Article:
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Disciplines of Olympic Cycling

By: Scott McBride - Updated: 2 Nov 2010 | comments*Discuss
Cycling Olympics Track Road Mountain

Cycling is one of the few sports to have been contested at every Olympics and, although the programme has varied, it now includes track, road, mountain bike and BMX racing. In all, 18 events were disputed in Beijing, the majority of them in the velodrome.

The oval track of the velodrome is banked at 42 degrees and hosts 10 events: the men's sprint, individual pursuit, points race, keirin, Olympic sprint, team pursuit, Madison and women's sprint, individual pursuit and points race.

Aerodynamic bikes offer greater speed than ever, although the pay-off is poorer manoeuvrability that leaves them ill-suited to pack racing. The 1984 Los Angeles Games saw an influx of futuristic bicycles and the spokeless, carbon-fibre disc wheel made its debut.

Technological Revolution

Eight years later in Barcelona, Chris Boardman won Great Britain's first cycling gold medal since 1920. It came in the 4,000metres individual pursuit using a revolutionary bike designed by Mike Burrows and built by Formula One car designers Lotus. Boardman set world records of four minutes 27.357 seconds and 4:24.495 in preliminary rounds and lapped world champion Jens Lehmann of Germany in the final. His bike made full use of carbon-fibre technology and aerodynamic cross-sections, and weighed less than nine kilograms.

At the Sydney Games in 2000, the men's keirin, Madison and Olympic sprint races were introduced, as was the women's 500m time trial, which has since been dropped. The programme includes individual and team events, sprint and endurance races, pursuits, time trials and first-over-the-line finishes.

The Olympic sprint is a three-man team event and two teams compete, starting at opposite ends of the track. The aim is to catch the other team or finish three laps first. The Madison is a mass-start event featuring teams of two riders, although only one rider from each team is on the track at any one time. Points are awarded to the top finishers in intermediate sprints and in the finishing sprint. The keirin is a 2,000m race that builds up in speed behind a motorised derny for the first 1400m and concludes in a furious sprint finish.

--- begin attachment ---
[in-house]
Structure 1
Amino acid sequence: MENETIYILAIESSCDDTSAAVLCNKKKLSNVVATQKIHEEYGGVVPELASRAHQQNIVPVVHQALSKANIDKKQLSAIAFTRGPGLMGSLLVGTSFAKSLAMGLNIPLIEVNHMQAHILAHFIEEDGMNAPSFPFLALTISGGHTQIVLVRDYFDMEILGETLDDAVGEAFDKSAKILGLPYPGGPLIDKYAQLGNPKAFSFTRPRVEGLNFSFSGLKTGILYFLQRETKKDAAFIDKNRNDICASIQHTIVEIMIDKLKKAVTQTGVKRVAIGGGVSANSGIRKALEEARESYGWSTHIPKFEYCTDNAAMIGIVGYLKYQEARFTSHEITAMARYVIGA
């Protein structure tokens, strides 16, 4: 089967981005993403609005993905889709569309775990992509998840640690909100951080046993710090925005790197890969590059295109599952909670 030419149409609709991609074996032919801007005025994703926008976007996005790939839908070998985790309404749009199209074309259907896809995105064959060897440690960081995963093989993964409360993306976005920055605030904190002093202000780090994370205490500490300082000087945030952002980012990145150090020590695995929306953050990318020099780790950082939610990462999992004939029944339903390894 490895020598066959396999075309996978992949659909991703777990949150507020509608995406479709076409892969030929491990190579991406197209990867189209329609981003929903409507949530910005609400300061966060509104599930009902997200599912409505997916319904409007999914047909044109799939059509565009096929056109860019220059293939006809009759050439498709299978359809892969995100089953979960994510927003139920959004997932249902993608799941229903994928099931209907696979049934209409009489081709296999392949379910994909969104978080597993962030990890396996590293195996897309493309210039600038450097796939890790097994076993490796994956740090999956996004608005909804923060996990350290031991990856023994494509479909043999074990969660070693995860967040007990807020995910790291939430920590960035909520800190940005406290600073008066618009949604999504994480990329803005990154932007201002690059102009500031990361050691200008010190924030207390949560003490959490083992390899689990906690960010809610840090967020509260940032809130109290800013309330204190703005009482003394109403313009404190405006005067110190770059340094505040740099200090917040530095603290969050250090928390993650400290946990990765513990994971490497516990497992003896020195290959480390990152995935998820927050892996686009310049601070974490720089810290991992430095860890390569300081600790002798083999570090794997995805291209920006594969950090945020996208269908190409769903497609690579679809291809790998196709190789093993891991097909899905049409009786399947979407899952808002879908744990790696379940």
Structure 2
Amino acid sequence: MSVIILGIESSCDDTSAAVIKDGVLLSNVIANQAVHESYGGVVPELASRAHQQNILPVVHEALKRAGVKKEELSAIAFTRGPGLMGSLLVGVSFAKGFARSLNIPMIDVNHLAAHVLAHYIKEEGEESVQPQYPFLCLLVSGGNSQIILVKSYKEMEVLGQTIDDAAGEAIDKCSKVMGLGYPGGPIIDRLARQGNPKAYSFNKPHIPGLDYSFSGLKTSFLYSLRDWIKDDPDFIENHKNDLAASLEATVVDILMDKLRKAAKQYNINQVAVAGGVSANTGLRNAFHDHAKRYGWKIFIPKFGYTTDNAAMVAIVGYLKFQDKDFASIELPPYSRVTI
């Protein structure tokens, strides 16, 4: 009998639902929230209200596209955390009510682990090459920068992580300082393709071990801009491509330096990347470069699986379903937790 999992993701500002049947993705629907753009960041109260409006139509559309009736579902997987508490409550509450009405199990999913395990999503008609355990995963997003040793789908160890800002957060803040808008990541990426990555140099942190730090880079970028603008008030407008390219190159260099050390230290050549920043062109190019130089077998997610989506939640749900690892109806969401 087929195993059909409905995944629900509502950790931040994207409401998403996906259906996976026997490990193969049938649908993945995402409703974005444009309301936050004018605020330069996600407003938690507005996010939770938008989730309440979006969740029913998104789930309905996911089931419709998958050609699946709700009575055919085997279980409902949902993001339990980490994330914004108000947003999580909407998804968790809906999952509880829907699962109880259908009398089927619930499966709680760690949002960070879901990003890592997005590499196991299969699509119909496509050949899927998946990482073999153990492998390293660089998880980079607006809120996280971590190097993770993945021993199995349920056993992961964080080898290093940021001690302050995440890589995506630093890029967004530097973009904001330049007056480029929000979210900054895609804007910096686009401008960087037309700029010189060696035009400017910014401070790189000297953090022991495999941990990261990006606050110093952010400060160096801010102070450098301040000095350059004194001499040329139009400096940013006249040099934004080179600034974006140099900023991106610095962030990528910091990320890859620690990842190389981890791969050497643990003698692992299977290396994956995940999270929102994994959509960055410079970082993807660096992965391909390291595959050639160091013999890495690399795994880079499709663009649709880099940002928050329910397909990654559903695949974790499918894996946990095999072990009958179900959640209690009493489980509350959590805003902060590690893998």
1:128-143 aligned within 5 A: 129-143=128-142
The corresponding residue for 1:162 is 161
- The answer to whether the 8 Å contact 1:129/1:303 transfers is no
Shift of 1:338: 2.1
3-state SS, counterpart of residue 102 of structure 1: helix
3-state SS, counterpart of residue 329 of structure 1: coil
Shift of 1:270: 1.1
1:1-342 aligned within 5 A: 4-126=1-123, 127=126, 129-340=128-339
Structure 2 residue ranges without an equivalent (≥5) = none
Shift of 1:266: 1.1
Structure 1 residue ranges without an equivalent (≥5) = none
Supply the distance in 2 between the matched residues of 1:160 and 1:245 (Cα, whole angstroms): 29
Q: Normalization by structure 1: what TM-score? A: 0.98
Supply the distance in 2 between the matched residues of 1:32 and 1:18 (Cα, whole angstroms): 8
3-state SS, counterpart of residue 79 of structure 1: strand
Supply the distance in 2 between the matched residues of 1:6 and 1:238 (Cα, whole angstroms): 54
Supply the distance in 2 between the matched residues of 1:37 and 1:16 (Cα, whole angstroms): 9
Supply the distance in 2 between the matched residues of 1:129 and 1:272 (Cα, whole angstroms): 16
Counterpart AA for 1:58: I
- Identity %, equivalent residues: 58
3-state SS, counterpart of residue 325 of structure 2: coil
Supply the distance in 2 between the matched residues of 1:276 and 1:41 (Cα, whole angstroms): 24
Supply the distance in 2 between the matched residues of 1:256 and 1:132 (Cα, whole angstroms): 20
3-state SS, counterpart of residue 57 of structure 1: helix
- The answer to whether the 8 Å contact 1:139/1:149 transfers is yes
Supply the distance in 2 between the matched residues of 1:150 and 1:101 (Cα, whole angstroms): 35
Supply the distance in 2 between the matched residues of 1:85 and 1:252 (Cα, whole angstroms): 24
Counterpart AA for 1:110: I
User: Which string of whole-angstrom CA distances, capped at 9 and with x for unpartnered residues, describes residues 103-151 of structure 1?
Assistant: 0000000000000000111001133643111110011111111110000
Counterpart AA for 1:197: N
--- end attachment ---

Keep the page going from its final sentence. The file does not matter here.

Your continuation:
Kings of the Road

Road racing, like track racing, was part of the first modern Olympics in 1896, with riders covering two laps of the marathon course in Athens - a total of 87 kilometres. Women had to wait until 1984 to compete and at Atlanta in 1996 time trials were introduced.

Four events are now contested, the men's road race over 239km and the women's over 120km. Road races begin with mass starts, but time trials are raced against the clock with riders starting at 90-second intervals. The men's race is 46.8km, the women's 31.2km.

Mountain biking made its Olympic debut in 1996, although the sport was 20 years old by then. Members of the Velo Club Mount Tamalpais establishing mountain biking when they invented the Repack Downhill race, held regularly between 1976 and 1979 just across the Golden Gate Bridge from San Francisco. By 1990 it had become a truly professional sport, complete with World Championships.

Mountainous Courses

Men's and women's cross-country races are on the Olympic programme. Men race between 40 and 50 kilometres, and women cover 30 to 40km, the exact distances being dependant on weather conditions, with officials aiming for an optimum finishing time of two hours and 15 minutes for the top man, two hours for the top woman. The course is typically very hilly, sometimes mountainous, is usually on natural terrain and riders may have to manoeuvre over rocks, streams and branches.

Bicycle moto cross (BMX) made its debut at the Beijing Games, with one event for men and one for women. BMX started in the late 1960s in California, and had reached Europe by 1978. In April 1981, the International BMX Federation was founded and the first World Championships followed in 1982. Since January 1993, BMX has been fully integrated into the International Cycling Union (UCI).

Races are held on circuits of around 350m including jumps, banked corners and other obstacles. Eight riders contest each heat - qualifying rounds, quarter-finals, semi-finals and finals - with the top four advancing to the next round.

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